Frank Skidmore studies brain images for research on Parkinson's Disease

Frank Skidmore studies brain images for research on Parkinson's Disease

Frank Skidmore, M.D., assistant professor of neurology, is studying brain images for his research on Parkinson’s disease. For Skidmore, the intricacies in size, shape and surface folds of every brain image must be mapped to a template to allow comparisons. The computational power of the UAB supercomputer allows him to “see” in five dimensions for certaintypes of brain images —the computer is able to work in those higher-dimensional spaces that humans cannot. His research can lead to faster diagnoses for his patients —and better treatment. Learn More

Kristina Visscher studies how long term visual input affects the brain

Kristina Visscher studies how long term visual input affects the brain

Kristina Visscher, Ph.D., assistant professor of neurobiology, is studying visual processing, analyzing huge amounts of data per subject. Her work studies how the brain adapts after long-term changes in visual input, such as macular degeneration. Learn More

Ryoichi Kawai is laying the groundwork for a better infrared laser

Ryoichi Kawai is laying the groundwork for a better infrared laser

Ryoichi Kawai, Ph.D., associate professor of physics, uses the supercomputer for what may be the largest calculation on campus —determining the electronic structure for a cube made up of just 216 atoms of zinc sulfide doped with chromium or iron. His research is laying the groundwork for a better infrared laser, which could be used for a variety of treatments from shrinking tumors to removing kidney stones. Learn More

Adrienne Lahti and her team research schizophrenia

Adrienne Lahti and her team research schizophrenia

Dr. Adrienne Lahti, director of the Division of Behavioral Neurobiology at UAB, is a new user to the research computing cluster. When she submitted a grant to the National Institutes of Health in 2017, she received the NIH’s highest possible impact score —placing her application in the first percentile. The NIH reviewer commented, “Excellent imaging, clinical and computing facilities in place.” Lahti’s application has secured $4 million —or up to 10 years of income —for her lab as she and her team research schizophrenia using multimodal brain imaging techniques utilizing the supercomputing cluster. Lahti’s grant is just one example of the power researchers have not just to continue their research but to compete for the grants that fund their labs. Learn More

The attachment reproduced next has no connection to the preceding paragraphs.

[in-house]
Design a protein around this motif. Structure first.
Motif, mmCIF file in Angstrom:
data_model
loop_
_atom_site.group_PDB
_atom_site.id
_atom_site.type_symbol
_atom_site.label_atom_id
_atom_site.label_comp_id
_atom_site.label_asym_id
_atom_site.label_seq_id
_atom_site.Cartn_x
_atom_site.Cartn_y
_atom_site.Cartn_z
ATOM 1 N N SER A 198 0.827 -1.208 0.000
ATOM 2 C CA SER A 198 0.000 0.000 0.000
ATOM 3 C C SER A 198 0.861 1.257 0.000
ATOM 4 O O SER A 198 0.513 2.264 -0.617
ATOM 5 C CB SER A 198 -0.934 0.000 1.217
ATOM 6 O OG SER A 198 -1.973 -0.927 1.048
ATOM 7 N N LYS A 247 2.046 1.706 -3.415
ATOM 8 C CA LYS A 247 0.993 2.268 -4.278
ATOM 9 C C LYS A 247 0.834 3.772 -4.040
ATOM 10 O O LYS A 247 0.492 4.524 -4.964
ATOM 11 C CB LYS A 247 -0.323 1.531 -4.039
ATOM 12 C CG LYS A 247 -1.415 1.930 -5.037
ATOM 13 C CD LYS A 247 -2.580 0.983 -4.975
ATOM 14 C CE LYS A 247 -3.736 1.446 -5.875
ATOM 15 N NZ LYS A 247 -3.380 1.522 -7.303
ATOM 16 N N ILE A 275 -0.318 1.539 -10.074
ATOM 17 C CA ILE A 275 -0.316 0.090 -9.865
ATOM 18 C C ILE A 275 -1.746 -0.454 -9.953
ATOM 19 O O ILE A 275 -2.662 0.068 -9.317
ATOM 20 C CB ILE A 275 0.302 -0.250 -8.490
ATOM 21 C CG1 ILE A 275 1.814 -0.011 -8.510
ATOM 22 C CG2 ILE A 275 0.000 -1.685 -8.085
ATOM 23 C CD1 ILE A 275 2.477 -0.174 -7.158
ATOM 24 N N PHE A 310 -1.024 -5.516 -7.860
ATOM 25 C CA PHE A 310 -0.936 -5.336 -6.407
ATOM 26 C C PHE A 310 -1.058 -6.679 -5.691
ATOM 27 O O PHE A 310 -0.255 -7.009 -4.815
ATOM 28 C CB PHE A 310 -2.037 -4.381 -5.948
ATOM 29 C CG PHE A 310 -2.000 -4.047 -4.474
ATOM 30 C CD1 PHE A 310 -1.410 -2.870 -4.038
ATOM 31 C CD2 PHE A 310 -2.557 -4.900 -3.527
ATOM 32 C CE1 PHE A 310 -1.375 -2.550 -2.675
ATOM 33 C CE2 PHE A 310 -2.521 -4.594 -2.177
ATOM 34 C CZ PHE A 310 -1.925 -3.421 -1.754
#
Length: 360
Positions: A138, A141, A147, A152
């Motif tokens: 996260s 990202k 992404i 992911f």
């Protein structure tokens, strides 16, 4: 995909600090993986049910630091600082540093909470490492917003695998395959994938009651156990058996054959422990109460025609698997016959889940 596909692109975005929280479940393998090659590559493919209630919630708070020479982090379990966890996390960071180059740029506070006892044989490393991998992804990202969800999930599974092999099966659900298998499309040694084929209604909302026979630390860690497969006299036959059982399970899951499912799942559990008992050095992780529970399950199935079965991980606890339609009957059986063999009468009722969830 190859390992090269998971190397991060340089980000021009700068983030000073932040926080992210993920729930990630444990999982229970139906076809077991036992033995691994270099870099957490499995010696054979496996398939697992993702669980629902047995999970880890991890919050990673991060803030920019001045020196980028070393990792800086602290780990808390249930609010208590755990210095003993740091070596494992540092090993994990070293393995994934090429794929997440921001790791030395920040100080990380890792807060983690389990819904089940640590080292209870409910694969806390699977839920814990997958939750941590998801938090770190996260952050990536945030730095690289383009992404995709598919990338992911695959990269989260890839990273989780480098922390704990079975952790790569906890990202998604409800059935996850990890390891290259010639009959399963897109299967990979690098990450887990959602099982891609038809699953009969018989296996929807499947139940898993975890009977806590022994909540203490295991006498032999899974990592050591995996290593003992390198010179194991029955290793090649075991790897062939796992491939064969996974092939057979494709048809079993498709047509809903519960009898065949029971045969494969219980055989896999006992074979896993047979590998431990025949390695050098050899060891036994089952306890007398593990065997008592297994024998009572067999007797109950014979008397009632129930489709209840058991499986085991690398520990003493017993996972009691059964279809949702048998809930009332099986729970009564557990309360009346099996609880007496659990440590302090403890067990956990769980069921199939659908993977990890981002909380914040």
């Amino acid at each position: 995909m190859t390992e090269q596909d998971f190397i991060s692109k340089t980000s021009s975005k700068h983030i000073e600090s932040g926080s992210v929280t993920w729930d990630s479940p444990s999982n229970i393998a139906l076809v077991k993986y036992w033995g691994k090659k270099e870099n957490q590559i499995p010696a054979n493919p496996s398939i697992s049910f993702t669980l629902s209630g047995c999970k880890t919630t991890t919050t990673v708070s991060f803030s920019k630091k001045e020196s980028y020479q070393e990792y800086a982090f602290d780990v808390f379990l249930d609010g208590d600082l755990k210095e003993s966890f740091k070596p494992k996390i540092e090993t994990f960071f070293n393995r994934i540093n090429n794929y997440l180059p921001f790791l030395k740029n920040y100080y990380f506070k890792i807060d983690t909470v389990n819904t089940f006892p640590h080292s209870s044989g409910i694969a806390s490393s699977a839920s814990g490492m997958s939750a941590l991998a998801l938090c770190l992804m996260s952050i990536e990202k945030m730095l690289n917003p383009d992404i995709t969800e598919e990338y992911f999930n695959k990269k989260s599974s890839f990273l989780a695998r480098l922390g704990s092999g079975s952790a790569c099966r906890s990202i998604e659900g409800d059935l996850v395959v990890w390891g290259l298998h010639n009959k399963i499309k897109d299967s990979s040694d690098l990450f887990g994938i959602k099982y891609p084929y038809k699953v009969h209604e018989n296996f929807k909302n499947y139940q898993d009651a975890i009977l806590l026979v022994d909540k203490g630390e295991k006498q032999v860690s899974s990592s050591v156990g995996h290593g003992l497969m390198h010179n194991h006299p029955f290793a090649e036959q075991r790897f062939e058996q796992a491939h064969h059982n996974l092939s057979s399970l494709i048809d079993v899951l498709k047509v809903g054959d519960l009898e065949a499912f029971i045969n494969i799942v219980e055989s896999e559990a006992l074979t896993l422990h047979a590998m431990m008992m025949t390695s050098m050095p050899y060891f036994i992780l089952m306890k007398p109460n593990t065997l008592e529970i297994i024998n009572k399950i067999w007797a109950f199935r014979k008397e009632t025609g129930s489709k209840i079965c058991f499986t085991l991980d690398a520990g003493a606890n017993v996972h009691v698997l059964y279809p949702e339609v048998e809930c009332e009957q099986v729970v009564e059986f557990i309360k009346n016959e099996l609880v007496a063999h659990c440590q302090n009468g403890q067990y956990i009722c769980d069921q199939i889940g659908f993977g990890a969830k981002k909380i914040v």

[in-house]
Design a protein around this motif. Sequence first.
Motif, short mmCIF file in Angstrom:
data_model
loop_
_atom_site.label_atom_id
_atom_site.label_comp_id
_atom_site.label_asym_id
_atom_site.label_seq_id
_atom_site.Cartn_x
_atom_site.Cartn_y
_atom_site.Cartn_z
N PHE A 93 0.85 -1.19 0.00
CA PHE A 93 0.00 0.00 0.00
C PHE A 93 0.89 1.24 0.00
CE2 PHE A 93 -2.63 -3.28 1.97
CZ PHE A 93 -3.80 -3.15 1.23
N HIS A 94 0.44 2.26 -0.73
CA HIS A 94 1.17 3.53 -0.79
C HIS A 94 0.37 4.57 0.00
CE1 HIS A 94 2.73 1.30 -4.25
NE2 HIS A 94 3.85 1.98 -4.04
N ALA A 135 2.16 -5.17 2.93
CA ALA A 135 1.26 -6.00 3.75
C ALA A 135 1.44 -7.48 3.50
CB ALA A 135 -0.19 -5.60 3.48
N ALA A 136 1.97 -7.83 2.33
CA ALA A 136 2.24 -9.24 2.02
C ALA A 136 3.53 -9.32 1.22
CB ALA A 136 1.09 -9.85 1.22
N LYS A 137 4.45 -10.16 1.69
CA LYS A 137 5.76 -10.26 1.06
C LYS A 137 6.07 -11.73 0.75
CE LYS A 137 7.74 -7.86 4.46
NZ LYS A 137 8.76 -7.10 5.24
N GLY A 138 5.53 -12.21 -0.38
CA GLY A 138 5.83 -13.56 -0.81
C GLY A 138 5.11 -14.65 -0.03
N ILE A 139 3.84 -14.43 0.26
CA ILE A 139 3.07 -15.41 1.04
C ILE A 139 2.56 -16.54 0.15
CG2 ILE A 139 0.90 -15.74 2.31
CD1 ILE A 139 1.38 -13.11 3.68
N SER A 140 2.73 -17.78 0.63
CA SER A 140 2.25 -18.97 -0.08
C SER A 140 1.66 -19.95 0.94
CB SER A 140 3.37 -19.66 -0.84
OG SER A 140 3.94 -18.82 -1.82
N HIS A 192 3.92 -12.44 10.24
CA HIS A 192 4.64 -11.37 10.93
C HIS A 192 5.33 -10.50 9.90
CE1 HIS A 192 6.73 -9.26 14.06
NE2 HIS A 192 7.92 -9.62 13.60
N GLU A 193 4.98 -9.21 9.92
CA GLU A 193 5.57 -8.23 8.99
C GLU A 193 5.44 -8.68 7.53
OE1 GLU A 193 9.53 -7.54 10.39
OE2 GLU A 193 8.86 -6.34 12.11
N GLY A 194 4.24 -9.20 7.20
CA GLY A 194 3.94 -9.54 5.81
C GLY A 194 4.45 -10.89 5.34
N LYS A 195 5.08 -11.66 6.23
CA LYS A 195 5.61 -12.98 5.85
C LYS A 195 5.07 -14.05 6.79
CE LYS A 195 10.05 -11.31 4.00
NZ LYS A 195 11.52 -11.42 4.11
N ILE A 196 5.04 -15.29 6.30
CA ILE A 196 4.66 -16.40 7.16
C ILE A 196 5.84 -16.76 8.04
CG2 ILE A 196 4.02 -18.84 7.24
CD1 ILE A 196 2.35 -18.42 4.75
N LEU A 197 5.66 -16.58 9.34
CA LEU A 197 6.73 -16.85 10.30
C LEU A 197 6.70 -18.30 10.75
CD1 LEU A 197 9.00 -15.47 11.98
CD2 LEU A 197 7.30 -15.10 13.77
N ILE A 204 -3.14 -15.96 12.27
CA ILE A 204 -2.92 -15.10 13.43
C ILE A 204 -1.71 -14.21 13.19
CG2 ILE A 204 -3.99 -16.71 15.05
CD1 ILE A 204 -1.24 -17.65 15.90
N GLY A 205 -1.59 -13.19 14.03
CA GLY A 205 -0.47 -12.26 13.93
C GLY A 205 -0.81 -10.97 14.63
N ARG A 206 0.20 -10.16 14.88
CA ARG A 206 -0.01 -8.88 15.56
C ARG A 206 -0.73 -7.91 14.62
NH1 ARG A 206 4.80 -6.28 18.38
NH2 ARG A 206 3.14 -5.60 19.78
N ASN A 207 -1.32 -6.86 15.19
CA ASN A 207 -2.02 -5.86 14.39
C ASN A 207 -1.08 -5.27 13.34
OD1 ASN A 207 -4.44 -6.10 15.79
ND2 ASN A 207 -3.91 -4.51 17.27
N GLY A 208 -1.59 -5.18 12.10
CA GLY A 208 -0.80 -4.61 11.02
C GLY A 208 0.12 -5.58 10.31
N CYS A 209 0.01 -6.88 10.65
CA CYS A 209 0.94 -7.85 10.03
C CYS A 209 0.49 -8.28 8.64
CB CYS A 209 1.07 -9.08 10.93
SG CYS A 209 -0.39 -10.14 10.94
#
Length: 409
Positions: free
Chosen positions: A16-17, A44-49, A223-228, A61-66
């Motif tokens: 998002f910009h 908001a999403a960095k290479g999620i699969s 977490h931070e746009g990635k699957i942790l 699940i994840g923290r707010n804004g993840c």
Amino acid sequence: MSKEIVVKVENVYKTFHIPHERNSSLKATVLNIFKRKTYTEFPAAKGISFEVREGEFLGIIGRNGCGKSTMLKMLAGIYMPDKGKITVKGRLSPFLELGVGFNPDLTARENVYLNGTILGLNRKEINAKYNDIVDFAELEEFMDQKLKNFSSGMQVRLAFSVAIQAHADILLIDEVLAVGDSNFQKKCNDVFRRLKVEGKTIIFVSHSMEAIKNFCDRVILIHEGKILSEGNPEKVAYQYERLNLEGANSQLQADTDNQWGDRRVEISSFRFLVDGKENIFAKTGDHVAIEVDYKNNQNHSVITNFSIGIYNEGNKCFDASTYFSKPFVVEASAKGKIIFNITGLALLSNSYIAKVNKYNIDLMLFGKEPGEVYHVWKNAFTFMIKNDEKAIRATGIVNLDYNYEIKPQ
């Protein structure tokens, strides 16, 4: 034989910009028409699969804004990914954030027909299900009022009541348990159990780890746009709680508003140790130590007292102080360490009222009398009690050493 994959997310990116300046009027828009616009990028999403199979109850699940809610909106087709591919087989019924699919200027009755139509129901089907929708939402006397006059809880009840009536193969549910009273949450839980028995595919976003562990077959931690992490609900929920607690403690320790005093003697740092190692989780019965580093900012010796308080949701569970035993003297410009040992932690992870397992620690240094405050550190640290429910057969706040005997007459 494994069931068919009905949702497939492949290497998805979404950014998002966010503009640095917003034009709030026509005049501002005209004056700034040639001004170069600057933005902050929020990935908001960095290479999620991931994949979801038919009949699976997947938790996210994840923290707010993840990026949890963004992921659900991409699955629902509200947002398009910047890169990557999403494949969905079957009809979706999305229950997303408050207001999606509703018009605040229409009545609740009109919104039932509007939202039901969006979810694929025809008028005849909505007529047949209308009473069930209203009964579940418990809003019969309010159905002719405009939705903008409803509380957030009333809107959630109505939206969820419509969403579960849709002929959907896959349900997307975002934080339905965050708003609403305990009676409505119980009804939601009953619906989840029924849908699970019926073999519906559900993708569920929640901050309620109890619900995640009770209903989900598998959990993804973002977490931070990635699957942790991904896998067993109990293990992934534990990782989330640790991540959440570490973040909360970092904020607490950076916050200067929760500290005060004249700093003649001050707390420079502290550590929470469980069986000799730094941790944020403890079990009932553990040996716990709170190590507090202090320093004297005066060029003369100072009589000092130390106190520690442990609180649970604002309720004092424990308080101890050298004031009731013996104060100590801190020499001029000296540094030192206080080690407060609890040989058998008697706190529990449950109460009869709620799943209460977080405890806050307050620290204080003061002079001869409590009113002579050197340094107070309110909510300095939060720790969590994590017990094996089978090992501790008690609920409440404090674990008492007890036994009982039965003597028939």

David Crossman deciphers the human genomes for undiagnosed patients

David Crossman deciphers the human genomes for undiagnosed patients

David Crossman, Ph.D., bioinformatics director in UAB’s Heflin Center for Genomic Science, deciphers the sequences of human genomes for patients seeking a diagnosis in UAB’s Undiagnosed Diseases Program. The expanded computer cluster allows him to get answers in hours as opposedto weeks. Speeding the processing time to crunch genome sequencing data means faster diagnoses —and faster treatment and better health outcomes —for his patients. Learn More

Hassan Fathallah-Shaykh uses new mathematical models to detect cancer

Hassan Fathallah-Shaykh uses new mathematical models to detect cancer

Dr.Hassan Fathallah-Shaykh, a professor of neurology, works to detect cancer in MRI images using new mathematical models and techniques. Using the new technology implemented by this project, Hassan working with an engineering student, won the 2016 Worldwide Multimodal Brain Tumor Image Segmentation Challengeby analyzing 118,000 MRI images to detect cancer in less than 12 hours. “The supercomputer worked like magic, without any glitches. It is evident that I would not have been able to compete without the supercomputer resource,” he said. Learn More